Pandemic Flu in Islamic Republic of Iran; A Review of Health System Response From July to November


Mahmood Soroush 1 , Mahmood Nabavi 1 , Mohammad Mehdi Gouya 1 , Mohammadnasr Dadras 1 , Nakysa Hooman 1 , Mehrtash Mehrparvar 1 , Abolghasem Omidvarnia 1 , Farah Abazari 1 , Peyman Hemmati 1 , Alireza Nateghian 2 , *

1 Andorra


How to Cite: Soroush M , Nabavi M, Gouya M M , Dadras M, Hooman N , et al. Pandemic Flu in Islamic Republic of Iran; A Review of Health System Response From July to November, Arch Pediatr Infect Dis.2013 1(2): e74291. doi: 10.5812/pedinfect.9074.


Archives of Pediatric Infectious Diseases: 1 (2); e74291
Published Online: July 15, 2013
Article Type: Research Article
Received: November 13, 2012
Revised: December 19, 2112
Accepted: December 23, 2112


Background: Pandemic flu is a concerning problem with potentially high mortality and morbidity rates, so needs a proper health system response in each country.

Objectives: To evaluate the nationwide health system response in Iran after declaration of H1N1/Swine flu pandemic in June 2009.

Patients and Methods: A surveillance system in all regions of country was implemented upon declaration of pandemic flu by the World Health Organization; RT-PCR methods in National influenza reference laboratory in the capital were used to diagnose all types of circulating influenza viruses. Epidemiological data as well as laboratory response, performances of 40 medical universities all over the country concerning case detection and timing of admission were analyzed.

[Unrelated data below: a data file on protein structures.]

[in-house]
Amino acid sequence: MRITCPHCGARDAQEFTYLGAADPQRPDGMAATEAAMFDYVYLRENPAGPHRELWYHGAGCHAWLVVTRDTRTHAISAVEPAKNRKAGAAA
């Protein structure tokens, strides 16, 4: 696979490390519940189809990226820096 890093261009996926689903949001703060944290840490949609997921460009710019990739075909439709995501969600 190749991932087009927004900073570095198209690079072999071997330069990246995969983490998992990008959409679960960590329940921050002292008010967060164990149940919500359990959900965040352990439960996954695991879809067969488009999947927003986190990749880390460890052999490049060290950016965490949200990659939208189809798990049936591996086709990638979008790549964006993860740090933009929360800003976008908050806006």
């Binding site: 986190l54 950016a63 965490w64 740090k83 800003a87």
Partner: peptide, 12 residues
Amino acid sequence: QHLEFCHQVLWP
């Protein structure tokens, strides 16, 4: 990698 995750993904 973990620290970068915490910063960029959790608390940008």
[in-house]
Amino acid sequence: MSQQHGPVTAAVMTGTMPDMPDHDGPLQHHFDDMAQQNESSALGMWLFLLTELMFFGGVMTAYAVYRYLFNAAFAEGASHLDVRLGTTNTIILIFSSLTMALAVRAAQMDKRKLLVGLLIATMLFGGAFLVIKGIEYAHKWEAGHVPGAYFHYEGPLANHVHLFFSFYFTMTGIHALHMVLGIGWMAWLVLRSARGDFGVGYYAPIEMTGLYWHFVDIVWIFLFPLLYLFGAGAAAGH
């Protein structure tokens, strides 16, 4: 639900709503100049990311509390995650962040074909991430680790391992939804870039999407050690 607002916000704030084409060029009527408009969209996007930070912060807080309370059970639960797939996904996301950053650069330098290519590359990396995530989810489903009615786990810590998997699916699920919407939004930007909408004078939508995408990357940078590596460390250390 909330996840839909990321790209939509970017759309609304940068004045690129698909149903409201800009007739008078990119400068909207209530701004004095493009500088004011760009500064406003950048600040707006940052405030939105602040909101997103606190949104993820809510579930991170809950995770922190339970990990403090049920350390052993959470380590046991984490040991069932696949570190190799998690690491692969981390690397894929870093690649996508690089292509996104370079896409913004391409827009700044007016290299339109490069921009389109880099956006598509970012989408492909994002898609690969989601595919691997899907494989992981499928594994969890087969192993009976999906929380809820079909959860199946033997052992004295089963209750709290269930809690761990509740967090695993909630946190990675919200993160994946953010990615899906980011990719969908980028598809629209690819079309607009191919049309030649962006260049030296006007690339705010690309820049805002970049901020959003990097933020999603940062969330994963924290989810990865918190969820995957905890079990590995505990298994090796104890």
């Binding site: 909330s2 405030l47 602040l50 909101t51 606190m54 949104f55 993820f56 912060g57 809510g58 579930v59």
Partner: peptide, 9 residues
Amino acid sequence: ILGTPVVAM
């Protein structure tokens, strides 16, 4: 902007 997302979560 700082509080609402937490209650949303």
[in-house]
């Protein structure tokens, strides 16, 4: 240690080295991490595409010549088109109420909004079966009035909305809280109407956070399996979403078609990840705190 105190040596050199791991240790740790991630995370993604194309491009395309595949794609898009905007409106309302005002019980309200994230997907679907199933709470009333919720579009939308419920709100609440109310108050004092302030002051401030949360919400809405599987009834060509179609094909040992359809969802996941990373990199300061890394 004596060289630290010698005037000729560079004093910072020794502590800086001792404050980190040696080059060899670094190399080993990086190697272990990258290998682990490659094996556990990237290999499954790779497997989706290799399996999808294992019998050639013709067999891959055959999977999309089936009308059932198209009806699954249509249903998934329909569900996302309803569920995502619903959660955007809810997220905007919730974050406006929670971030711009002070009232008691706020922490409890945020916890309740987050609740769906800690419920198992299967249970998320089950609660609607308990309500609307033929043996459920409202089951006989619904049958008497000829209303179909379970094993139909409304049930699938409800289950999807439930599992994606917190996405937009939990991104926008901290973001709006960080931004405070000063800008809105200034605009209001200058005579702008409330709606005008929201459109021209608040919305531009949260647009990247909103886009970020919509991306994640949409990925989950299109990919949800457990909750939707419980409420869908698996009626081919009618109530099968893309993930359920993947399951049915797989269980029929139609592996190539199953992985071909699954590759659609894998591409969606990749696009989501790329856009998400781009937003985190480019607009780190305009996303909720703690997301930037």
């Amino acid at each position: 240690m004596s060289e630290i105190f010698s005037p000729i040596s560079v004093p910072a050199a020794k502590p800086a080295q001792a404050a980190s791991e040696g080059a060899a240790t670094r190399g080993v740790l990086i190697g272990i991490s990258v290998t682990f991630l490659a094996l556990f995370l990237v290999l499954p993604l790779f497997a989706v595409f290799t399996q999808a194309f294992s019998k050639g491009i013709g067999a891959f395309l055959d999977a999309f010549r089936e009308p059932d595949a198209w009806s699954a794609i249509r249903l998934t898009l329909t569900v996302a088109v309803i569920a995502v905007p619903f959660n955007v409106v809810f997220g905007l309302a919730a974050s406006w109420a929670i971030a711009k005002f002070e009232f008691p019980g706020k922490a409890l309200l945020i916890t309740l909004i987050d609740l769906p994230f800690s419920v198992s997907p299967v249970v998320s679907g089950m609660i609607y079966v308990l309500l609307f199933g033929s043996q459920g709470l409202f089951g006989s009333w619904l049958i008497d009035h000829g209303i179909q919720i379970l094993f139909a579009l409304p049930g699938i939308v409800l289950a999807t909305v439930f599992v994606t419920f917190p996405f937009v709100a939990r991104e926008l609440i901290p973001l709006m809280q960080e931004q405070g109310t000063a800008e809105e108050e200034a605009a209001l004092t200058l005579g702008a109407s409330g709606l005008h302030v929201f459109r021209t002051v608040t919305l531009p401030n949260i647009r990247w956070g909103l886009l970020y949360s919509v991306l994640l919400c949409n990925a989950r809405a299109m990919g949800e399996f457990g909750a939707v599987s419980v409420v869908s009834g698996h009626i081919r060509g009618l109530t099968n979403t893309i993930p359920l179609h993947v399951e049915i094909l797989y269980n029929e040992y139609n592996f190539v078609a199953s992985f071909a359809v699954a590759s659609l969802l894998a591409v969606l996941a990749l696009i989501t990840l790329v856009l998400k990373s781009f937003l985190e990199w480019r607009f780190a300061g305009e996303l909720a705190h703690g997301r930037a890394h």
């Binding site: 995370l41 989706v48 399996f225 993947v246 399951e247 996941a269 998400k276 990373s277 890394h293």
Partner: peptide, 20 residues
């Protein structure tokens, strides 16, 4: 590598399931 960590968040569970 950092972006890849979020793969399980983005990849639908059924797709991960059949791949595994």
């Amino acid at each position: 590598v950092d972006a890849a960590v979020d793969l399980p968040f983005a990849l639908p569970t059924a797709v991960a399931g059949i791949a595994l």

Results: 3847 confirmed cases of H1N1/Swine flu were detected up to November 2009, which 140 cases died (i.e.; 3.8% mortality rate), highest mortality rates were observed in infants (7.4%) and those older than 50 years (9%). For about 78% of confirmed cases of Swine flu, the result had been notified within 3 days after sample submission, despite the fact, most of mortalities had occurred in this group of “short result gap”.

Conclusions: Although overall mortality rate in such a pandemic was comparable or better than other developing countries, it was shown that late hospital admission and late laboratory diagnosis were associated with higher mortality rates. Better case detection and earlier admission with more available and equipped laboratories seems necessary to improve the health system response for future pandemics in Iran.


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